A continuation of PHYS 350. Emphasis will be placed on the solutions of Maxwell’s equations in the presence of matter, on solving boundary-value problems and on the theory of electromagnetic radiation. Prerequisite: PHYS 350.
PHYS/CHEM 455. Lasers and Their Applications to Physical Sciences (2, 3). 3 credits.
An introduction to both the theoretical and practical aspects of lasers and their applications in the physical sciences. Prerequisite: PHYS 270, CHEM 331 or permission of the instructor.
PHYS 460. Quantum Mechanics. 3 credits.
Principles and applications of quantum mechanics. Topics include wave packets and the uncertainty principle, the Schroedinger equation, one-dimensional potentials, operators and eigenvectors, three-dimensional motion and angular momentum and the hydrogen atom. Prerequisite: PHYS 340.
PHYS 480. Astrophysics. 3 credits.
An introduction to the problems of modern astronomy and the quantitative application of physical principles to these problems. Topics of study include stellar structure and evolution, the interstellar medium and star formation, cosmic rays, pulsars, galactic structure, extragalactic astronomy and cosmology. Prerequisites: PHYS 340 and one of either PHYS 270 or 430.
PHYS 491-492. Physics Assessment and Seminar. 1 credit per year.
Principal course activities are participation in the departmental assessment program and attendance at departmental seminars. Prerequisite: PHYS 392.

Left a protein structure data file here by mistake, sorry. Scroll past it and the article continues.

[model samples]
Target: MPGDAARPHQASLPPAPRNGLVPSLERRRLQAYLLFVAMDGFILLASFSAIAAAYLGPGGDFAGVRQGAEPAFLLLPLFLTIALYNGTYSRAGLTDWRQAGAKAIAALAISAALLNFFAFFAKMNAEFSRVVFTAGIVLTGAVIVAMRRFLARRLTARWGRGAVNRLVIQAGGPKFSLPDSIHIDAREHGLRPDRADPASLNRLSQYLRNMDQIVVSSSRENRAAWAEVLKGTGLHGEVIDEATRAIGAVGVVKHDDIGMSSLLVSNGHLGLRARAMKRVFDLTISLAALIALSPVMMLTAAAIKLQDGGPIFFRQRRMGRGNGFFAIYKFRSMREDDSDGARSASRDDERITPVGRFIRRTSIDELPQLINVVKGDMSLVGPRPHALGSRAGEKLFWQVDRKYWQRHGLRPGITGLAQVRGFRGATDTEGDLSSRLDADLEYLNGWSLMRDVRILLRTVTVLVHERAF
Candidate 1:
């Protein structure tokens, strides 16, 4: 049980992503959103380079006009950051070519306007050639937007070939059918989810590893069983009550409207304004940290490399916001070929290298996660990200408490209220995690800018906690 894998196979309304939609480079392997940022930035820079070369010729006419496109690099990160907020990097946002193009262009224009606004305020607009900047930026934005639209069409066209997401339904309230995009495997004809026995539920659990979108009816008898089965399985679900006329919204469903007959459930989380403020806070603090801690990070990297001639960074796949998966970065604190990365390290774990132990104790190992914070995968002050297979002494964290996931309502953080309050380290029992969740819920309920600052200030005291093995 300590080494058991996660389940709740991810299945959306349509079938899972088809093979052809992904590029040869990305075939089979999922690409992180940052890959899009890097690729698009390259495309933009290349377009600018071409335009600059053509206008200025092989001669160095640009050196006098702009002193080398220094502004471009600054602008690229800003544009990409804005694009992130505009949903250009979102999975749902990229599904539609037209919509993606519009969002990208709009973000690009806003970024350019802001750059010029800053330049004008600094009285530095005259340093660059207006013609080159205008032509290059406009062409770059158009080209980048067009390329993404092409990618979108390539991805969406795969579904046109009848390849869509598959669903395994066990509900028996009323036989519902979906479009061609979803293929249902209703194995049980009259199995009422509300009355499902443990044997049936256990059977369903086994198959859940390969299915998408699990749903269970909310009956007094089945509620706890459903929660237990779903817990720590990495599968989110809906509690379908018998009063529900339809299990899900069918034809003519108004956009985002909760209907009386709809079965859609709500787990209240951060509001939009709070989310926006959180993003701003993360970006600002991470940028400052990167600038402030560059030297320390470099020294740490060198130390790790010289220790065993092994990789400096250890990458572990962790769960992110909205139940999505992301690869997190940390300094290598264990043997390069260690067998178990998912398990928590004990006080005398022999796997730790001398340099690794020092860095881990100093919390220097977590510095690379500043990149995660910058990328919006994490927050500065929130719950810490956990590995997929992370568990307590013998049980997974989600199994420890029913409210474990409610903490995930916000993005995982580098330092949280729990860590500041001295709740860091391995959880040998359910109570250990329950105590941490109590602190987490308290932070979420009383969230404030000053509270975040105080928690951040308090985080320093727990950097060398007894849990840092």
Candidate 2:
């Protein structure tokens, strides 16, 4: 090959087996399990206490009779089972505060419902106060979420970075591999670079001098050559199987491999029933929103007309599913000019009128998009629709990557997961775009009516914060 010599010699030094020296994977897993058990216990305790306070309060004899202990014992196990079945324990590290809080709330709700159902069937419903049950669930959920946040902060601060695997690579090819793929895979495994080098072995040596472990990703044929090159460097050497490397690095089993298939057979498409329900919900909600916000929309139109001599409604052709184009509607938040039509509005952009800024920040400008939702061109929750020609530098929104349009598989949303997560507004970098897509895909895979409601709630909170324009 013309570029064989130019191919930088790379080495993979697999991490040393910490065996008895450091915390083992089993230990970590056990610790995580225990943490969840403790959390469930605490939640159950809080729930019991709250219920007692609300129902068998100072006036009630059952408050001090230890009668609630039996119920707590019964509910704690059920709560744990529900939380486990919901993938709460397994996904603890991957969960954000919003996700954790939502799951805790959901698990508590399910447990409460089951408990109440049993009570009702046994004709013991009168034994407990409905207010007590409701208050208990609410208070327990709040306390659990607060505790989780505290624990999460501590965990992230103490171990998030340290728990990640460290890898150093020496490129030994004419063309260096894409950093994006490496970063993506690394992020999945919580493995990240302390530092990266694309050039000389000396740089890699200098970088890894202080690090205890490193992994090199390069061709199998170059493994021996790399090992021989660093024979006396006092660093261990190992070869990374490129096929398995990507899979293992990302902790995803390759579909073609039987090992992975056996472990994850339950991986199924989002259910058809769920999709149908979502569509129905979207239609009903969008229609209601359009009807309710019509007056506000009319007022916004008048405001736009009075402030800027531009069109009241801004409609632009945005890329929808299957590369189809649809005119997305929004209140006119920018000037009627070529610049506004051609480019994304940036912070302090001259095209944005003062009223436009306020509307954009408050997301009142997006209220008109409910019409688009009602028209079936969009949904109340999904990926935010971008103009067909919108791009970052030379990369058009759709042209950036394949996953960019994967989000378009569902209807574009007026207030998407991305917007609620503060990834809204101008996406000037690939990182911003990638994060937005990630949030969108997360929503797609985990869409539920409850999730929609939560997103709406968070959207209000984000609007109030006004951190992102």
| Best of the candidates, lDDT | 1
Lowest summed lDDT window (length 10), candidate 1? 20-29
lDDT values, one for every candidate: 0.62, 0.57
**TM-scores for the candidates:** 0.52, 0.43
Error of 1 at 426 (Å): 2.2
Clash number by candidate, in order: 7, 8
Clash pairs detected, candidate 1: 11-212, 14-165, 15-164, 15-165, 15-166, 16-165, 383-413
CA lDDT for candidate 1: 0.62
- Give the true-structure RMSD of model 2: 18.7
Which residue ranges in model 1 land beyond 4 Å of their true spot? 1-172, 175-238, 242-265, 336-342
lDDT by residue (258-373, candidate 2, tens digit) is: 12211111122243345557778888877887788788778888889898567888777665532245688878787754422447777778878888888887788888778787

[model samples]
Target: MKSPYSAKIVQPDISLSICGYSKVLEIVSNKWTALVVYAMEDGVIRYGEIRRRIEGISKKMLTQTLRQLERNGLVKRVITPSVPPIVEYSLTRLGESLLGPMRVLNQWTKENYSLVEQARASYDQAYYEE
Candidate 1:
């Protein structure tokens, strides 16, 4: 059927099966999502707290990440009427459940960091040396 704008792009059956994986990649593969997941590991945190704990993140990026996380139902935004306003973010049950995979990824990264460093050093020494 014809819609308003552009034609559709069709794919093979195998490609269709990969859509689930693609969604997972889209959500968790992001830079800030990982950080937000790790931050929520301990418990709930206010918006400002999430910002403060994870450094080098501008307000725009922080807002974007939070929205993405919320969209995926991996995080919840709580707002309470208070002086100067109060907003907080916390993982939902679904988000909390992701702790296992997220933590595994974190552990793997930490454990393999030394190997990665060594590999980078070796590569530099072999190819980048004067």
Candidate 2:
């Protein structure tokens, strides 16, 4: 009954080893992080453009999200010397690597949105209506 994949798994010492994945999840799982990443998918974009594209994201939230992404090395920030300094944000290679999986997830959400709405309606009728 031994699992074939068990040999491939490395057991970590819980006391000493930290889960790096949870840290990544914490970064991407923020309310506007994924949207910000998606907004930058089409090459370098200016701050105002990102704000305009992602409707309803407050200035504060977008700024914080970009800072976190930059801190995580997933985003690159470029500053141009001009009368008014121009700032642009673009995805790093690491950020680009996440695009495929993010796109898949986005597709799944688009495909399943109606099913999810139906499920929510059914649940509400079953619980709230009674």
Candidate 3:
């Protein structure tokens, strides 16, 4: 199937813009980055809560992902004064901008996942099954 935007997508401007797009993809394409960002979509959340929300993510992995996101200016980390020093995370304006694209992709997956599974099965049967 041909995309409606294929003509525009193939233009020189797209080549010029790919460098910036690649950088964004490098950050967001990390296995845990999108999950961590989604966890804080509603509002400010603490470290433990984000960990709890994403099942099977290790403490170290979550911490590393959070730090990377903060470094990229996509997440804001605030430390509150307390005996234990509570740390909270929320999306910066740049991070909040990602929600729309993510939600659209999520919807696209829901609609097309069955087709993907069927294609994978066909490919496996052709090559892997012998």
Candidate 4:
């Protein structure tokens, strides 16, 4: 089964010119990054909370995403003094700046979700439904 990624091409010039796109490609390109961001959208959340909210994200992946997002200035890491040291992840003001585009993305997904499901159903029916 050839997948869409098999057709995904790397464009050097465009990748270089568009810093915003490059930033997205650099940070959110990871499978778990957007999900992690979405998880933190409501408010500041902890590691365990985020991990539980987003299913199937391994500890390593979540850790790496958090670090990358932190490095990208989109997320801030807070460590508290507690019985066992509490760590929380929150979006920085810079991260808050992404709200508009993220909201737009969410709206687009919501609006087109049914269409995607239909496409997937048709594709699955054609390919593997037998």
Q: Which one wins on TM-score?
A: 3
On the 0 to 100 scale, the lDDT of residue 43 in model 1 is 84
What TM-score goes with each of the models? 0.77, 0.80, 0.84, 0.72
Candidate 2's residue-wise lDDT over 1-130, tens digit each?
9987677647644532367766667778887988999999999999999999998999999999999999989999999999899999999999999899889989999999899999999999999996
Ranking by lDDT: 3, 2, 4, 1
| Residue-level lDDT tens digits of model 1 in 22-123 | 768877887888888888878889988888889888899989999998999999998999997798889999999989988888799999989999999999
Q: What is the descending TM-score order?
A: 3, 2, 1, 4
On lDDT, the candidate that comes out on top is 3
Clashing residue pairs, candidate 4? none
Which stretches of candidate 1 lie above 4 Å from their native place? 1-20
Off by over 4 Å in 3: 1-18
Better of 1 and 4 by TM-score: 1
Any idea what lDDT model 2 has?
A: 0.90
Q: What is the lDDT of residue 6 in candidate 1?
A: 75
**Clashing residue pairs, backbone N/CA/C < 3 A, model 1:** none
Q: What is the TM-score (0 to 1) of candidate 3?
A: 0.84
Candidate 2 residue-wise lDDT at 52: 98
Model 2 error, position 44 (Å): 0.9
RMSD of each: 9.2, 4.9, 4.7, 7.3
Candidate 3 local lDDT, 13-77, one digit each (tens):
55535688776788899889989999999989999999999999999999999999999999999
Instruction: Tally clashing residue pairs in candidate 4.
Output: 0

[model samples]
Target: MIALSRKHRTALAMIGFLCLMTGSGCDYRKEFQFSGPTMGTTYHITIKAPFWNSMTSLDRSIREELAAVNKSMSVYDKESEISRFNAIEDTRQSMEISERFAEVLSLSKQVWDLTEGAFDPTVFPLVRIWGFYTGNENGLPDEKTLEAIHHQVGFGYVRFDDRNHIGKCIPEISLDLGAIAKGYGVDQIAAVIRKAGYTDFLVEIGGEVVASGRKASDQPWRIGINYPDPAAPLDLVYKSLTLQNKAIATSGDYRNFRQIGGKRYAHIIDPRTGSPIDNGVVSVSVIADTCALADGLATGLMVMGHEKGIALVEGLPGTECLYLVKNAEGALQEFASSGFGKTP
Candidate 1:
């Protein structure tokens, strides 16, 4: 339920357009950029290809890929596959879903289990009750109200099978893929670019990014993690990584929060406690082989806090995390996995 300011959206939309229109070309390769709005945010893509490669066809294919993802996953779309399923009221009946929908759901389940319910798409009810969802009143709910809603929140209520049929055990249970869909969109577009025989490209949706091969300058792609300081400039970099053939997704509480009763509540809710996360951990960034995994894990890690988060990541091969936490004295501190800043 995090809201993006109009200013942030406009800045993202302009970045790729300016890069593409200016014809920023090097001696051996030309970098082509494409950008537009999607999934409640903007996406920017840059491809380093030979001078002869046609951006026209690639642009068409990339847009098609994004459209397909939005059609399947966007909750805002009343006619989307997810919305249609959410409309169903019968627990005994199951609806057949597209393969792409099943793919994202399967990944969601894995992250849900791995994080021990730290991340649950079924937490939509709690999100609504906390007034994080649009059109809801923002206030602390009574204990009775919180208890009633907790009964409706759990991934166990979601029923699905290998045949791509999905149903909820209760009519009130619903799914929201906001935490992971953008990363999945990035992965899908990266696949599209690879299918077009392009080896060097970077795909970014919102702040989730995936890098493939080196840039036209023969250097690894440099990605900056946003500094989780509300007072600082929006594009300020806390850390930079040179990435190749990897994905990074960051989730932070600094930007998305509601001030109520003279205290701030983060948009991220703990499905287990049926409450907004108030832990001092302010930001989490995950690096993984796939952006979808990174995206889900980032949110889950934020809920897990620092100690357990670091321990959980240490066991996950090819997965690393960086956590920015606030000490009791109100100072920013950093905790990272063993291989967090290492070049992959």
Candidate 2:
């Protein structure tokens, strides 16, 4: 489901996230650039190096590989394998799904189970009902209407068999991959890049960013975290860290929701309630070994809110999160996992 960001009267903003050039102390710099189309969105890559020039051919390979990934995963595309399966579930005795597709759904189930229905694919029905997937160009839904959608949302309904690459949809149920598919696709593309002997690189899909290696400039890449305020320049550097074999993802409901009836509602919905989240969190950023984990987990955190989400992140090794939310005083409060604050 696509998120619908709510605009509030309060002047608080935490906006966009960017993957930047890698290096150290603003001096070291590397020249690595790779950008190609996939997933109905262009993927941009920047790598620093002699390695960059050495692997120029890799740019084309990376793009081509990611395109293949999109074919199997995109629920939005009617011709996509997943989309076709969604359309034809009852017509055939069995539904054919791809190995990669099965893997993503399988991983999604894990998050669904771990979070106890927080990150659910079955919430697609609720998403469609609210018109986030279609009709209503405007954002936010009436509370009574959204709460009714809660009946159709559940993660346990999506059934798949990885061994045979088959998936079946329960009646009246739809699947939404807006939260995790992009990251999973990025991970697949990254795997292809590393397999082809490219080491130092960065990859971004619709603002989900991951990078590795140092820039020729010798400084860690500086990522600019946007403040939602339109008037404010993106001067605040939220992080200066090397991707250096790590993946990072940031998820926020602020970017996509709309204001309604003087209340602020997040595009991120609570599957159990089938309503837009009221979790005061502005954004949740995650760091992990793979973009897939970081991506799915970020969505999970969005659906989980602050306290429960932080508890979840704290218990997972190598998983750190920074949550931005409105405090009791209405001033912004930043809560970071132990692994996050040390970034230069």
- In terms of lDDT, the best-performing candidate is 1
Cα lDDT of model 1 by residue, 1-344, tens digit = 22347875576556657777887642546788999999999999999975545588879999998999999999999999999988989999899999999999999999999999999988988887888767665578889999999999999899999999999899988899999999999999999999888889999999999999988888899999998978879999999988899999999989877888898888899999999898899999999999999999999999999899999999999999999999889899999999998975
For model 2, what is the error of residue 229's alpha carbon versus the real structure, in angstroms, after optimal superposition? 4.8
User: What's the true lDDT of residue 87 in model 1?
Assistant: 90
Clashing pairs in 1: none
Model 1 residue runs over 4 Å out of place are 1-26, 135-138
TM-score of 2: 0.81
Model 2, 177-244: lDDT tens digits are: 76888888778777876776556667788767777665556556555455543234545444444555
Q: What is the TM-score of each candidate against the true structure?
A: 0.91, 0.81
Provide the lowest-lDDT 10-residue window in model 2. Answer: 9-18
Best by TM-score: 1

PHYS 494. Internship in Physics. 1-6 credits.
Students participate in research or applied
physics outside of the university. A proposal must be approved prior to
registration, and a final paper will be completed. Prerequisites:
Physics major with a minimum of twelve physics credit hours and
permission of the department head and the instructor.
PHYS 497. Topics in Physics. 1-4 credits each semester.
Topics in physics at the advanced level. May be repeated for credit when course content changes. Topics selected may determine prerequisites. Students should consult instructor prior to enrolling for course. Prerequisite: Permission of the instructor.
PHYS 498R. Undergraduate Physics Research. 2-4 credits, repeatable to 6 credits.
Research in a selected area of physics as arranged with a faculty research adviser. Prerequisite: Proposal for study must be approved prior to registration.
PHYS 499. Honors. 6 credits. (Year course: 3 credits each semester.)
Participation in this course must be approved during the second semester of the junior year. For details, see catalog section entitled “Graduation with Distinction.”